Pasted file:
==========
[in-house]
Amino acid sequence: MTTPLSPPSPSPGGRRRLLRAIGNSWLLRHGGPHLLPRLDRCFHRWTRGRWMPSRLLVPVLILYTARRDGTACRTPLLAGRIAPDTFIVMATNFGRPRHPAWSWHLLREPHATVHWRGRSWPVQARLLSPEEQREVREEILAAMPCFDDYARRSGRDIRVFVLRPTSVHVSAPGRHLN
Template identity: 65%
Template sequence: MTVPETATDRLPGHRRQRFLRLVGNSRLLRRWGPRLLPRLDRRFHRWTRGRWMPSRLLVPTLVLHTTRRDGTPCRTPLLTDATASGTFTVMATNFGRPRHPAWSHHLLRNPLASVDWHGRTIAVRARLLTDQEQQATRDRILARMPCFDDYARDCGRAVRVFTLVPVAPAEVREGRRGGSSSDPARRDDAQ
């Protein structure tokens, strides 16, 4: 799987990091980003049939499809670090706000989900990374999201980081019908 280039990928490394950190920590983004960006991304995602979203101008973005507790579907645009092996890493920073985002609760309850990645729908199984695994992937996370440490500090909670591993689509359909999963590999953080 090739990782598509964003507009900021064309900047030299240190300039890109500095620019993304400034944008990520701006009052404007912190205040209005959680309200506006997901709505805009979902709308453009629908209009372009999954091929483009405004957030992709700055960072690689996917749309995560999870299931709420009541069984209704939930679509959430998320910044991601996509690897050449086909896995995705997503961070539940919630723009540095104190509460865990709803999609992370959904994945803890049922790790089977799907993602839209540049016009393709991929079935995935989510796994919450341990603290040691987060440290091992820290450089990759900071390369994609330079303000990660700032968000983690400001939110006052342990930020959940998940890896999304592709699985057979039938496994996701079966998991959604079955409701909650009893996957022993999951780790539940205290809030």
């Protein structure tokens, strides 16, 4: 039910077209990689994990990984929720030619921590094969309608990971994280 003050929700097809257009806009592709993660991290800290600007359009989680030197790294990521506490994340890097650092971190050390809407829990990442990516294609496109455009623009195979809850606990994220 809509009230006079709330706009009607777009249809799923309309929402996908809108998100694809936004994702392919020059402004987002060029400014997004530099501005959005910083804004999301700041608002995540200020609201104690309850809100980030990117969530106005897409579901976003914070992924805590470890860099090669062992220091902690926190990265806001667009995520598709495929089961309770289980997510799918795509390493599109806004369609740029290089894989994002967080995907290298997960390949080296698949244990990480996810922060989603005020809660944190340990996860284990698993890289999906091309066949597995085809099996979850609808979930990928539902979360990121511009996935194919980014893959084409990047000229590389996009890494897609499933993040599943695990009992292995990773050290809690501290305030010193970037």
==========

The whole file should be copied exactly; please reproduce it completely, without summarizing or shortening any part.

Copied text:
[in-house]
Amino acid sequence: MTTPLSPPSPSPGGRRRLLRAIGNSWLLRHGGPHLLPRLDRCFHRWTRGRWMPSRLLVPVLILYTARRDGTACRTPLLAGRIAPDTFIVMATNFGRPRHPAWSWHLLREPHATVHWRGRSWPVQARLLSPEEQREVREEILAAMPCFDDYARRSGRDIRVFVLRPTSVHVSAPGRHLN
Template identity: 65%
Template sequence: MTVPETATDRLPGHRRQRFLRLVGNSRLLRRWGPRLLPRLDRRFHRWTRGRWMPSRLLVPTLVLHTTRRDGTPCRTPLLTDATASGTFTVMATNFGRPRHPAWSHHLLRNPLASVDWHGRTIAVRARLLTDQEQQATRDRILARMPCFDDYARDCGRAVRVFTLVPVAPAEVREGRRGGSSSDPARRDDAQ
């Protein structure tokens, strides 16, 4: 799987990091980003049939499809670090706000989900990374999201980081019908 280039990928490394950190920590983004960006991304995602979203101008973005507790579907645009092996890493920073985002609760309850990645729908199984695994992937996370440490500090909670591993689509359909999963590999953080 090739990782598509964003507009900021064309900047030299240190300039890109500095620019993304400034944008990520701006009052404007912190205040209005959680309200506006997901709505805009979902709308453009629908209009372009999954091929483009405004957030992709700055960072690689996917749309995560999870299931709420009541069984209704939930679509959430998320910044991601996509690897050449086909896995995705997503961070539940919630723009540095104190509460865990709803999609992370959904994945803890049922790790089977799907993602839209540049016009393709991929079935995935989510796994919450341990603290040691987060440290091992820290450089990759900071390369994609330079303000990660700032968000983690400001939110006052342990930020959940998940890896999304592709699985057979039938496994996701079966998991959604079955409701909650009893996957022993999951780790539940205290809030």
């Protein structure tokens, strides 16, 4: 039910077209990689994990990984929720030619921590094969309608990971994280 003050929700097809257009806009592709993660991290800290600007359009989680030197790294990521506490994340890097650092971190050390809407829990990442990516294609496109455009623009195979809850606990994220 809509009230006079709330706009009607777009249809799923309309929402996908809108998100694809936004994702392919020059402004987002060029400014997004530099501005959005910083804004999301700041608002995540200020609201104690309850809100980030990117969530106005897409579901976003914070992924805590470890860099090669062992220091902690926190990265806001667009995520598709495929089961309770289980997510799918795509390493599109806004369609740029290089894989994002967080995907290298997960390949080296698949244990990480996810922060989603005020809660944190340990996860284990698993890289999906091309066949597995085809099996979850609808979930990928539902979360990121511009996935194919980014893959084409990047000229590389996009890494897609499933993040599943695990009992292995990773050290809690501290305030010193970037």